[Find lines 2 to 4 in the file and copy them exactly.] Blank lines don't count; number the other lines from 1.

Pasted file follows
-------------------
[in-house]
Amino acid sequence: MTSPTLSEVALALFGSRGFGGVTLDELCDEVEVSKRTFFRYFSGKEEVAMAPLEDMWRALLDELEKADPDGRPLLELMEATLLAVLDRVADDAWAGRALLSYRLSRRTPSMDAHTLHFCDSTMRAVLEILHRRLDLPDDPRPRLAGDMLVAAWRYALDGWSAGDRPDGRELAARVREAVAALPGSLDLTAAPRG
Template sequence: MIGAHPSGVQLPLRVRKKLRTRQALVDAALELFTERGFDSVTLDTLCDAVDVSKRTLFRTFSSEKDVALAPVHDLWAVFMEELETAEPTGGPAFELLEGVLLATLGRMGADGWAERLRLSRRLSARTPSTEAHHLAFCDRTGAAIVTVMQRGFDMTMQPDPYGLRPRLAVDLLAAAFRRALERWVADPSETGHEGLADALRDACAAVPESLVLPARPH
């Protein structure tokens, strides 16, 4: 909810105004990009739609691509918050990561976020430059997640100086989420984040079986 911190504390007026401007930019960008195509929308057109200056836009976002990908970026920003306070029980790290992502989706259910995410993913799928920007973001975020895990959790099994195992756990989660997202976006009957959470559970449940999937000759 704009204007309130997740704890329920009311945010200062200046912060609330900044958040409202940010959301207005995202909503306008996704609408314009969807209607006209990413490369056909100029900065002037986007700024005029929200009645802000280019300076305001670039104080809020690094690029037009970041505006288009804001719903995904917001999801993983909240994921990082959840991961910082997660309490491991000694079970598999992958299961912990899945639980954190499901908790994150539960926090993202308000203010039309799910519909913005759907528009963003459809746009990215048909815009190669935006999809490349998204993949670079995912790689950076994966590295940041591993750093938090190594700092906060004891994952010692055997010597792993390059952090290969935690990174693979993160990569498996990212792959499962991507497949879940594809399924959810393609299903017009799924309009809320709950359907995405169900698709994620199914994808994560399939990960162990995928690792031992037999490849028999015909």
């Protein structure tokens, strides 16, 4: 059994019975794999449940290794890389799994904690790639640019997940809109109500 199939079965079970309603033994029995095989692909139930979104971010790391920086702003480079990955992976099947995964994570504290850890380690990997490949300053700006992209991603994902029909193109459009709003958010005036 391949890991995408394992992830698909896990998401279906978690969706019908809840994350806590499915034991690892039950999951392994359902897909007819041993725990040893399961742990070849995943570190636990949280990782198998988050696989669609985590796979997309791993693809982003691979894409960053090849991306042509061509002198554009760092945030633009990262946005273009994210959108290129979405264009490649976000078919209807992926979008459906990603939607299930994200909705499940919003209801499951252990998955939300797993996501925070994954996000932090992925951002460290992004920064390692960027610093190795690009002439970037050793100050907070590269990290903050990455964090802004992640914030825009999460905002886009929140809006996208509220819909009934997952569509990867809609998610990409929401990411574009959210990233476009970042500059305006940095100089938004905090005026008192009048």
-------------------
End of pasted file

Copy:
Amino acid sequence: MTSPTLSEVALALFGSRGFGGVTLDELCDEVEVSKRTFFRYFSGKEEVAMAPLEDMWRALLDELEKADPDGRPLLELMEATLLAVLDRVADDAWAGRALLSYRLSRRTPSMDAHTLHFCDSTMRAVLEILHRRLDLPDDPRPRLAGDMLVAAWRYALDGWSAGDRPDGRELAARVREAVAALPGSLDLTAAPRG
Template sequence: MIGAHPSGVQLPLRVRKKLRTRQALVDAALELFTERGFDSVTLDTLCDAVDVSKRTLFRTFSSEKDVALAPVHDLWAVFMEELETAEPTGGPAFELLEGVLLATLGRMGADGWAERLRLSRRLSARTPSTEAHHLAFCDRTGAAIVTVMQRGFDMTMQPDPYGLRPRLAVDLLAAAFRRALERWVADPSETGHEGLADALRDACAAVPESLVLPARPH
């Protein structure tokens, strides 16, 4: 909810105004990009739609691509918050990561976020430059997640100086989420984040079986 911190504390007026401007930019960008195509929308057109200056836009976002990908970026920003306070029980790290992502989706259910995410993913799928920007973001975020895990959790099994195992756990989660997202976006009957959470559970449940999937000759 704009204007309130997740704890329920009311945010200062200046912060609330900044958040409202940010959301207005995202909503306008996704609408314009969807209607006209990413490369056909100029900065002037986007700024005029929200009645802000280019300076305001670039104080809020690094690029037009970041505006288009804001719903995904917001999801993983909240994921990082959840991961910082997660309490491991000694079970598999992958299961912990899945639980954190499901908790994150539960926090993202308000203010039309799910519909913005759907528009963003459809746009990215048909815009190669935006999809490349998204993949670079995912790689950076994966590295940041591993750093938090190594700092906060004891994952010692055997010597792993390059952090290969935690990174693979993160990569498996990212792959499962991507497949879940594809399924959810393609299903017009799924309009809320709950359907995405169900698709994620199914994808994560399939990960162990995928690792031992037999490849028999015909």